Monday, August 24, 2009

Generosity, It's Our Original Nature

Generosity (Dana) Is Not A Choice
Imagine that you no longer have any defilements, that you no longer have any negative mind-states, that you no longer have any self-centered thoughts or wrong views, that all your negative emotions–from irritation to depression–are gone. What would be left? I suggest you would be left with lovingkindness and compassion–and their attendant wholesome mind-states. Now further consider that you would spend your days just peacefully helping others, calmly doing things to benefit others. There you have it: that is the perfection of dana, the telos of the first paramita.
Generosity, giving, charity, dana in Pali, isn’t a choice. Dana is our default setting. The reason we are not living lives of perfected dana, of selfless giving is simply because our defilements are blocking that pathway.
There are two approaches to dana which are useful to contemplate as we practice the paramitas. The first is to divide giving into material giving, spiritual giving, and the giving of no-fear. Less well known is the division of dana into the giving of material things, which is the narrowest sense of this practice, the giving of perfection, which results from perfecting the paramitas of morality and patience, and the gift of the dharma, which arises when effort, concentration, and wisdom are perfected.
How important is dana? It is the first and, as Master Ji Ru says, most important of the six paramitas. As Vasubandhu explains, the perfection of giving includes all the others paramitas. And the Diamond Sutra not only advocates dana as the essential behavior for a Bodhisattva, but it begins its explanation of how we can master our thinking and actions to become bodhisattvas by explaining (in chapter four) the spirit in which we should give:
…when a Bodhisattva practices generosity, he does not rely on any object–that is to say he does not rely on any form, sound, smell, taste, tactile object, or dharma–to practice generosity. That is the spirit in which a Bodhisattva should practice generosity, not relying on signs.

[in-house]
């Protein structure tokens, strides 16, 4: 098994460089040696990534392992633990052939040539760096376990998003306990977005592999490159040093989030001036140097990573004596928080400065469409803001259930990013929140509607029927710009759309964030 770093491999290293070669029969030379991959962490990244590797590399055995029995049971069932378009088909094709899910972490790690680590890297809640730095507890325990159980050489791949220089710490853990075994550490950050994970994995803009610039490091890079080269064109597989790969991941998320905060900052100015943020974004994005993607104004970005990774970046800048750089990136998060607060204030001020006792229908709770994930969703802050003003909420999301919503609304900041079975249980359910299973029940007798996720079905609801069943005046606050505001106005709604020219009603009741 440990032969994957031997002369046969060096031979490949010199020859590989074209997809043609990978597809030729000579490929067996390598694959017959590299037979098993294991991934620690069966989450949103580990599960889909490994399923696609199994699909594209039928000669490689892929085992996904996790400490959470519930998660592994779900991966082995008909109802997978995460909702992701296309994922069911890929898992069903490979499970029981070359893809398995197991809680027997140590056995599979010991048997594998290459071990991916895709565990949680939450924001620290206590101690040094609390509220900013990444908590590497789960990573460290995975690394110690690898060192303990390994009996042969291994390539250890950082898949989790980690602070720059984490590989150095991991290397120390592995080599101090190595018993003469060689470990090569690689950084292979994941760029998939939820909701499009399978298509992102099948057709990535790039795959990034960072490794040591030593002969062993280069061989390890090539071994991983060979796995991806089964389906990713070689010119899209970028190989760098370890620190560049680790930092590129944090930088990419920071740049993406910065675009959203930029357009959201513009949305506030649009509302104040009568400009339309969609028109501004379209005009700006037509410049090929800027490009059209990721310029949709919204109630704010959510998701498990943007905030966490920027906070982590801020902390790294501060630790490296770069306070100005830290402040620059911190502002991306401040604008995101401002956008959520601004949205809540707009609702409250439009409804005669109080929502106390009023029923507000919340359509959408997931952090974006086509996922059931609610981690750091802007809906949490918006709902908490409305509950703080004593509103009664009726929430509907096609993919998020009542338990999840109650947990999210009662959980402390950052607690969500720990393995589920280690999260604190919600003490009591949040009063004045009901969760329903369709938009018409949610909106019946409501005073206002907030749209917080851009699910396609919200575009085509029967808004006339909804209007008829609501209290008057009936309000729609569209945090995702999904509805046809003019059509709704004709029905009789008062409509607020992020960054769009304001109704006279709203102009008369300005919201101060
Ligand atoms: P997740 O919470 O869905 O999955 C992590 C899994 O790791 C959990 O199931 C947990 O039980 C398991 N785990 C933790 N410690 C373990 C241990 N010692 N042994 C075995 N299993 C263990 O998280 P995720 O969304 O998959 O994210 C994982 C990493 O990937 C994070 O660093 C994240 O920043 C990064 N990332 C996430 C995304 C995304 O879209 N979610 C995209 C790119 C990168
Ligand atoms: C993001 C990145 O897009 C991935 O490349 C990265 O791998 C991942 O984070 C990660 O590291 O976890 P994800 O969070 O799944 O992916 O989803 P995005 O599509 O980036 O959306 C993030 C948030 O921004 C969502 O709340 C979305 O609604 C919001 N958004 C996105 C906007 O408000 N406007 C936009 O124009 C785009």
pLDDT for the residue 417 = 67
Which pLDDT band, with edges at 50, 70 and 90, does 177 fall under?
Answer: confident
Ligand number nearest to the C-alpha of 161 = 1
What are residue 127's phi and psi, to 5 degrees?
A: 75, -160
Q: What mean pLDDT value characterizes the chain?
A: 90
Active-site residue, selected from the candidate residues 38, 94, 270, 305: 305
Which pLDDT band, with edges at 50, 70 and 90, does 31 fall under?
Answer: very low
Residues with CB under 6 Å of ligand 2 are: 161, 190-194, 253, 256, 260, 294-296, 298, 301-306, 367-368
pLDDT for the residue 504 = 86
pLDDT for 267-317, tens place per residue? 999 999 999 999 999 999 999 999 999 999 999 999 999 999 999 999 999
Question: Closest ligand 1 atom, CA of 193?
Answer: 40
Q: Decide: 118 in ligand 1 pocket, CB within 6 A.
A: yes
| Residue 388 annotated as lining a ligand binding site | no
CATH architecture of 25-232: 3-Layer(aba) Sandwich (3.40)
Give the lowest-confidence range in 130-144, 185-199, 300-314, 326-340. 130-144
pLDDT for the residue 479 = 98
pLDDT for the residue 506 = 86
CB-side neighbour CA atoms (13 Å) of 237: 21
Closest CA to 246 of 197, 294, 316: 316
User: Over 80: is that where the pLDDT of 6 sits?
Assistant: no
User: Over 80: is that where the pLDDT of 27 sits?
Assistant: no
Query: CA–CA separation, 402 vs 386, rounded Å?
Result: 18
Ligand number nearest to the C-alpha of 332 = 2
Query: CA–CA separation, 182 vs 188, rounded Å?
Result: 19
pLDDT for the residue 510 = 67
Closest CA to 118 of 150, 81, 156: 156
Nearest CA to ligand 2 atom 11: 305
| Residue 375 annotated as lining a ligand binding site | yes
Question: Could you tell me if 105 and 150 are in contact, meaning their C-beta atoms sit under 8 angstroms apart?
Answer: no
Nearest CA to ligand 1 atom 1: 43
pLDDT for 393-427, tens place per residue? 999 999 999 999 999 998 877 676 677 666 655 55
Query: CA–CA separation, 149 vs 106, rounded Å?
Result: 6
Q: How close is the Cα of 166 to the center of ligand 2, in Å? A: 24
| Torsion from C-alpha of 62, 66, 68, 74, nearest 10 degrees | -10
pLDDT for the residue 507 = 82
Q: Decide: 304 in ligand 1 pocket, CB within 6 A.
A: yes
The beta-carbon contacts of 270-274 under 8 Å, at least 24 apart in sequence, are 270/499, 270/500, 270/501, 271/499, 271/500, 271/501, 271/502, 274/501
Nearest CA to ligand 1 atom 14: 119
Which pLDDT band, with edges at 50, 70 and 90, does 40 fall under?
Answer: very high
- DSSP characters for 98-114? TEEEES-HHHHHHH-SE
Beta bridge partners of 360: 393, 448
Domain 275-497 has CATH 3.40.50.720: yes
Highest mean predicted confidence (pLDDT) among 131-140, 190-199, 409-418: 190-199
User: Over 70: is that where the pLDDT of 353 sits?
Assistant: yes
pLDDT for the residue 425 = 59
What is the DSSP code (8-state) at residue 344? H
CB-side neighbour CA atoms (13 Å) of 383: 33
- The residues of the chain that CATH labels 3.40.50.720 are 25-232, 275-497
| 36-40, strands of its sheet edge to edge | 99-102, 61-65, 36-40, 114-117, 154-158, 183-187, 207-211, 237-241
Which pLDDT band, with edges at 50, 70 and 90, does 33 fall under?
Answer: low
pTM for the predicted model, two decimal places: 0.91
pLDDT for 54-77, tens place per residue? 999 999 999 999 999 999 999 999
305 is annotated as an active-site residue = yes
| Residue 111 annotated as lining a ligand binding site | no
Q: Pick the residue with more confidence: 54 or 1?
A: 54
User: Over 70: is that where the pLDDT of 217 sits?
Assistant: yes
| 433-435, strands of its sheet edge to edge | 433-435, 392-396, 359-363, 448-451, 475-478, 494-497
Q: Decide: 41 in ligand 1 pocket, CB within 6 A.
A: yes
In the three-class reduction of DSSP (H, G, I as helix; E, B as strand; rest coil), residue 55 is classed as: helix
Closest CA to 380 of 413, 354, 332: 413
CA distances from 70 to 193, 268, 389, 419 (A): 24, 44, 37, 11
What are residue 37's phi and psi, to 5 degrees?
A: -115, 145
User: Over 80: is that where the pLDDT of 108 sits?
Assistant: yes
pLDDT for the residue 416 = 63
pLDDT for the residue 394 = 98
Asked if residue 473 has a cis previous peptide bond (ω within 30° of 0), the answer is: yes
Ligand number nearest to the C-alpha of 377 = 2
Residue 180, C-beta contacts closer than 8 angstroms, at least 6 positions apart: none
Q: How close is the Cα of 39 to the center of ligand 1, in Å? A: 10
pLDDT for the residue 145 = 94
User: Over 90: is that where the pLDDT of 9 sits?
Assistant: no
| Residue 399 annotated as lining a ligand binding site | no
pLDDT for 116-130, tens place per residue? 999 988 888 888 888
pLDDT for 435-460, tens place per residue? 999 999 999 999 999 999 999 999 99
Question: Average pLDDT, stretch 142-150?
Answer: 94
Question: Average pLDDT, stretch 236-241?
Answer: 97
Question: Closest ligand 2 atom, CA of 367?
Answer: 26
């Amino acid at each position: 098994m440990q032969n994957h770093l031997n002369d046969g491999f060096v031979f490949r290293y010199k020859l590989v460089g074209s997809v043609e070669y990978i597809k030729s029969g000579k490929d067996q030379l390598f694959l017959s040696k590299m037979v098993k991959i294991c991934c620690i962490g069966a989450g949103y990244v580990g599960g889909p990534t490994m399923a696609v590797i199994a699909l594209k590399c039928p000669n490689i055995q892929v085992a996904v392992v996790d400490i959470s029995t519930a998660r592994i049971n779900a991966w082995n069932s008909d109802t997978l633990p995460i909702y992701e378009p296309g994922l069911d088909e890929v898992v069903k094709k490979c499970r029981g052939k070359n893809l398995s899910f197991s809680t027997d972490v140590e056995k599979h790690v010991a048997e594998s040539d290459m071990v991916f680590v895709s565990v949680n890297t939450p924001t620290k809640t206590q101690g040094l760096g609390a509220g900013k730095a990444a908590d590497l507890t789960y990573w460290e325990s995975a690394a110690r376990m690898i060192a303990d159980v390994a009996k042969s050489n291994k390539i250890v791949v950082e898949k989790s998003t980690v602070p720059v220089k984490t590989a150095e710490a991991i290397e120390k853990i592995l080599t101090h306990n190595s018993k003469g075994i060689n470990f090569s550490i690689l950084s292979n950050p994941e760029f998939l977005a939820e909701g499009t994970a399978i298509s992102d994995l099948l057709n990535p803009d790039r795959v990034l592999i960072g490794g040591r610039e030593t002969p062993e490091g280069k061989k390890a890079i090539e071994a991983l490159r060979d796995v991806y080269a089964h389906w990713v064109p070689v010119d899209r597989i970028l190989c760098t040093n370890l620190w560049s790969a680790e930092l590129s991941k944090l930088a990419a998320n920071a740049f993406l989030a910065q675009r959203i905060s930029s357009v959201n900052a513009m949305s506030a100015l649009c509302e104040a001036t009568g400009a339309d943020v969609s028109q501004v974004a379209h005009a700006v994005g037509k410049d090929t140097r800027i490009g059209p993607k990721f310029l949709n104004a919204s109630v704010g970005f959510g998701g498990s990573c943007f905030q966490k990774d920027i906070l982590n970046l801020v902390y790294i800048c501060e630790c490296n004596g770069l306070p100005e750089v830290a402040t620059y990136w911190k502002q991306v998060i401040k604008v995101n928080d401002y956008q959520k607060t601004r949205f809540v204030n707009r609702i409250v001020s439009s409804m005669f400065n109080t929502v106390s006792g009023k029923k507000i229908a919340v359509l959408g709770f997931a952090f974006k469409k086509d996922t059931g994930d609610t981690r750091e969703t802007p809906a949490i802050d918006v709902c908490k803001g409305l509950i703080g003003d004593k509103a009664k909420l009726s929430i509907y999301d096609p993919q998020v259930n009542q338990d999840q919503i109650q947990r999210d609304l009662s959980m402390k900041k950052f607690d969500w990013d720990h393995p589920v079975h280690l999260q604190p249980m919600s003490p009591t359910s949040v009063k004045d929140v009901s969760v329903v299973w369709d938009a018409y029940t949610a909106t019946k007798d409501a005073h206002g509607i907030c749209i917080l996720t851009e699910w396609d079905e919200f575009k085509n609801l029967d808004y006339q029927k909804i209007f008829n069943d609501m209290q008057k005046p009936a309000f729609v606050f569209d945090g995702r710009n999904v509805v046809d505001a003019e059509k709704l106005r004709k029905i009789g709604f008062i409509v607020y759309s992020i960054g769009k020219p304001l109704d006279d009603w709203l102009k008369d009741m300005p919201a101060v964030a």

The Diamond Sutra is saying that dana is the inherent, everyday practice for a capital “B” Bodhisattva, for an enlightened being, and that dana is the point of departure for the Bodhisattva’s thoughts and actions.
The implication of dana, then, is that small “B” bodhisattvas, those of us who are committed to walking the Buddhist Path, should emulate the selfless giving behavior of the big “B” Bodhisattvas, those that have already reached the other shore. In other words, there are behavioral models to follow so that we can understand and progress along the Path, and progress on our spiritual journey to liberation.
When a defilement arises, the dharma teaches us that we should replace it with its antidote. (See the first exercise below.) If we notice that we are feeling irritated or angry, for example, we could choose to immediately reset our minds to patience. As we can only “be” one thing at a time, (we see this on the cushion when we notice the arising of our consciousness in the model of the five skandhas) we cannot be both angry and patient, then patience becomes the new mind-state. The unwholesome is abandoned and replaced by the wholesome.
This is right effort in action. Right effort is abandon and refrain to let go of the defilement and refrain from producing conditions that would allow it to arise again: and then to develop and maintain, develop a wholesome mind-state in its place and maintain the conditions for the new wholesome mind-state to define us.
In one of our classes in Chicago, we discussed using dana somewhat untraditionally as an antidote for anger. The traditional antidote for anger is patience, patience being the Buddhist opposite of anger. But since anger arises in such tight connection with greed, from not getting what we want, dana can also be cultivated as an antidote for anger. Here’s what happened: